condition: and(succeeded(), eq(variables['Build.SourceBranch'], 'refs/heads/master'))
        storage_account: $(AzureAdventLiveStorAcct)
        storage_key: $(AzureAdventLiveStorKey)
        build_tag: hugo-live

First up, we need to define the parameters we expect to be passed to the build template:

  name: ''
  displayName: ''
  condition: {}
  hugo_version: ''
  hugo_baseUrl: ''
  hugo_params: ''
  storage_account: ''
  storage_key: ''
  build_tag: ''

Next, we need to define the build job, choose a VM pool (your tasks run in VMs behind the scenes) and which OS the VM will use - in my case I’m using the latest build of Ubuntu linux.

- job: ${{ }}
  displayName: ${{ parameters.displayName }}
    vmImage: ubuntu-latest
  condition: ${{ parameters.condition }}

Next up, the steps we want the build job to carry out for us:

  1. Optimise the JPG images in the repo to make them smaller using the mogrify tool which is part of ImageMagick suite. To find out what the installed tools are in each Microsoft-Hosted VM, click here
  2. Download and install the hugo version defined in the pipeline to the VM and run Hugo to build the website (steps 2-4)
  3. Copy the generated content to a staging folder that is part of your pipelines workspace.
  4. Zip those files up and publish the zip file and hugo executable as artifacts
    # 1. Optimise .JPG images using Mogrify 
    #    (part of ImageMagick - installed by default in Ubuntu build for AzDevOps)
    - script: find . -type f -iname "*.JPG" -o -name "*.JPG" | xargs mogrify -filter Triangle -define filter:support=2 -unsharp 0.25x0.25+8+0.065 -dither None -posterize 136 -quality 82 -define jpeg:fancy-upsampling=off -interlace none -colorspace sRGB -strip -verbose
      displayName: Optimise JPEG images to improve website loading times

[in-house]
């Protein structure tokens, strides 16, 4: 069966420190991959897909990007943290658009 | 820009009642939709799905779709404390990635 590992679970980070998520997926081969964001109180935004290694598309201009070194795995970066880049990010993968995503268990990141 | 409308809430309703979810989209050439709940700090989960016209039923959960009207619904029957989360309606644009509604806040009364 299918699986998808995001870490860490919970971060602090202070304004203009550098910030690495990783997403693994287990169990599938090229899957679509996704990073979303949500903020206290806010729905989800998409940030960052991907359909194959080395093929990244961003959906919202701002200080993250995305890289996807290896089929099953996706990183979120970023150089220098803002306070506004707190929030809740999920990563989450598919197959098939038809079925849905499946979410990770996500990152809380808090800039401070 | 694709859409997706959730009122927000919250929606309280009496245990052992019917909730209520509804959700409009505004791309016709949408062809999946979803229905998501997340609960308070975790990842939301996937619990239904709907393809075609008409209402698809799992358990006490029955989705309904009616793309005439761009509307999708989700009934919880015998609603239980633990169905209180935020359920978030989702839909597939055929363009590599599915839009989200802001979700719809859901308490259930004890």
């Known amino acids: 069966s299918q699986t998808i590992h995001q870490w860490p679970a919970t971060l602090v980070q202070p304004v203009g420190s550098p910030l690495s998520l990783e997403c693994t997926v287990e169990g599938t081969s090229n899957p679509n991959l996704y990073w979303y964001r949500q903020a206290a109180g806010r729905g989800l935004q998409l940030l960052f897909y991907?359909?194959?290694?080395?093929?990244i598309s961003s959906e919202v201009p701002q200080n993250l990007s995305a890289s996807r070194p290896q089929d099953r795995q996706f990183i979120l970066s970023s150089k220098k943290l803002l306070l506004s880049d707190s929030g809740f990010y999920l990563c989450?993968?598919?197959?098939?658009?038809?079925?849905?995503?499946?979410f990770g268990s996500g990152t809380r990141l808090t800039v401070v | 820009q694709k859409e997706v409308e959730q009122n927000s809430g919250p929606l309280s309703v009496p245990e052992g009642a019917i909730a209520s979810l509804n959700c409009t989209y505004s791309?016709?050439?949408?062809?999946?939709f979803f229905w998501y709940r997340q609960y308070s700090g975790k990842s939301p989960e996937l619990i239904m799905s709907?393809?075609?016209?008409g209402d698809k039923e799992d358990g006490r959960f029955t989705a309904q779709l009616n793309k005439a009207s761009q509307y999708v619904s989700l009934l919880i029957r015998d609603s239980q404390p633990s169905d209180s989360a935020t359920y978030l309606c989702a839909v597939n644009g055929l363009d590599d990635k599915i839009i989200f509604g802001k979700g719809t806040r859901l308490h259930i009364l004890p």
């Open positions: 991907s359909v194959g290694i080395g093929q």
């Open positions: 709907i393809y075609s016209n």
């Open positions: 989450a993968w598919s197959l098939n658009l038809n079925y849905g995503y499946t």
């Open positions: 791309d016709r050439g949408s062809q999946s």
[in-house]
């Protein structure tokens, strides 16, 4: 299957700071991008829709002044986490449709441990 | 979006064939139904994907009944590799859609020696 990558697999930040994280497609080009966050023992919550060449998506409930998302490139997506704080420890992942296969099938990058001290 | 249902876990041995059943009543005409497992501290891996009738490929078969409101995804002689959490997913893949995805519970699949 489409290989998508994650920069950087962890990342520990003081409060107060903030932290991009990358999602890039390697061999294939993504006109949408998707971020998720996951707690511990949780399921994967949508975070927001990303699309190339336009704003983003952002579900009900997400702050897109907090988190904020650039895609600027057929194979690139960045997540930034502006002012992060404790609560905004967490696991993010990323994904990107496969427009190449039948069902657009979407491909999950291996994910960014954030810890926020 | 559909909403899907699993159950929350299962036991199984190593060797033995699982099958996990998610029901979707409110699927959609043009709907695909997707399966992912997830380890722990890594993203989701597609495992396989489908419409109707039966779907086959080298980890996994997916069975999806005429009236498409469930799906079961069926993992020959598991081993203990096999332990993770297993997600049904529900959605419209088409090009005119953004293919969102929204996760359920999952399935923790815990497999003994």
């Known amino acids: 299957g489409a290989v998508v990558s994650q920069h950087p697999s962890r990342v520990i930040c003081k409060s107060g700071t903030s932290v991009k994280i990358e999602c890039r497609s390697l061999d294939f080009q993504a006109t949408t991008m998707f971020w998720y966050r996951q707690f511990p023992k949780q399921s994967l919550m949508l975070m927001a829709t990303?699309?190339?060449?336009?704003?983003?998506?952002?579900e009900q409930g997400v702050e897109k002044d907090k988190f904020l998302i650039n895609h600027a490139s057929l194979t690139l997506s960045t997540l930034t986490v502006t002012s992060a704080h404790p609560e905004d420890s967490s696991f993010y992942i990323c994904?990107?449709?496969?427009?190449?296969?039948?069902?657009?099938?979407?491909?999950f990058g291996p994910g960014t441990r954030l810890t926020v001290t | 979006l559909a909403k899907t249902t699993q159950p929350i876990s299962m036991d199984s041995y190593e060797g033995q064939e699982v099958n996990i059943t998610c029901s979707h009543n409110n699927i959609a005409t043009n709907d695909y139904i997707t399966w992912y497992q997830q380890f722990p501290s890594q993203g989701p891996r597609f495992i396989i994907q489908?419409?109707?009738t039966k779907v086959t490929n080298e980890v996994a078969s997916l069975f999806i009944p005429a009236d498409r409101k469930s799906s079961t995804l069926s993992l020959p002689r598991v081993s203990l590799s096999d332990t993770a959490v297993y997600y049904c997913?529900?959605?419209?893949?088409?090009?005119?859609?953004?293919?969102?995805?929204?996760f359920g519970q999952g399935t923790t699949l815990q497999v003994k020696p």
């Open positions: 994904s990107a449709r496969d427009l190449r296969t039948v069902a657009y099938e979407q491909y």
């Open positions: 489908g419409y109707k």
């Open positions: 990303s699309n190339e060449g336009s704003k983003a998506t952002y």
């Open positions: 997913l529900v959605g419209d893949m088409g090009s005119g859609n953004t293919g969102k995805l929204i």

# 2. Download Hugo executable
    - script: wget${{ parameters.hugo_version }}/hugo_${{ parameters.hugo_version }}_Linux-64bit.deb -O '$(Pipeline.Workspace)/hugo_${{ parameters.hugo_version }}_Linux-64bit.deb'
      displayName: Download Hugo v${{ parameters.hugo_version }} Linux x64

    # 3. Install Hugo
    - script: sudo dpkg -i $(Pipeline.Workspace)/hugo*.deb
      displayName: Install Hugo

    # 4. Run Hugo to build the website
    - script: hugo --baseUrl '${{ parameters.hugo_baseUrl }}' ${{ parameters.hugo_params }}
      displayName: Build site with Hugo

    # 5. Copy the content to a staging folder so we can archive it
    - task: CopyFiles@2
      displayName: Copy site content to staging folder 'deploy'
        Contents: |
        TargetFolder: deploy

    # 6. Archive the built website into a ZIP archive
    - task: ArchiveFiles@2
      displayName: Archive the build output
        rootFolderOrFile: ./deploy
        includeRootFolder: false
        archiveType: zip
        archiveFile: $(Pipeline.Workspace)/
        replaceExistingArchive: true

    # 7. Publish Hugo installer for use in deploy stage
    - publish: $(Pipeline.Workspace)/hugo_${{ parameters.hugo_version }}_Linux-64bit.deb
      artifact: hugo-installer

    # 8. Publish archive for use in deploy stage
    - publish: $(Pipeline.Workspace)/
      artifact: build-${{ parameters.build_tag }}

Finally, we need our deploy template, to deploy the website we’ve built to our storage account. Again, we start with parameters and jobs. Just like when we call the deploy template in the pipeline, in the deploy template, we skip the hugo parameters as we don’t need them in this stage.

So, looking at the deploy steps:

  1. Download the artifacts we published during build
  2. Install Hugo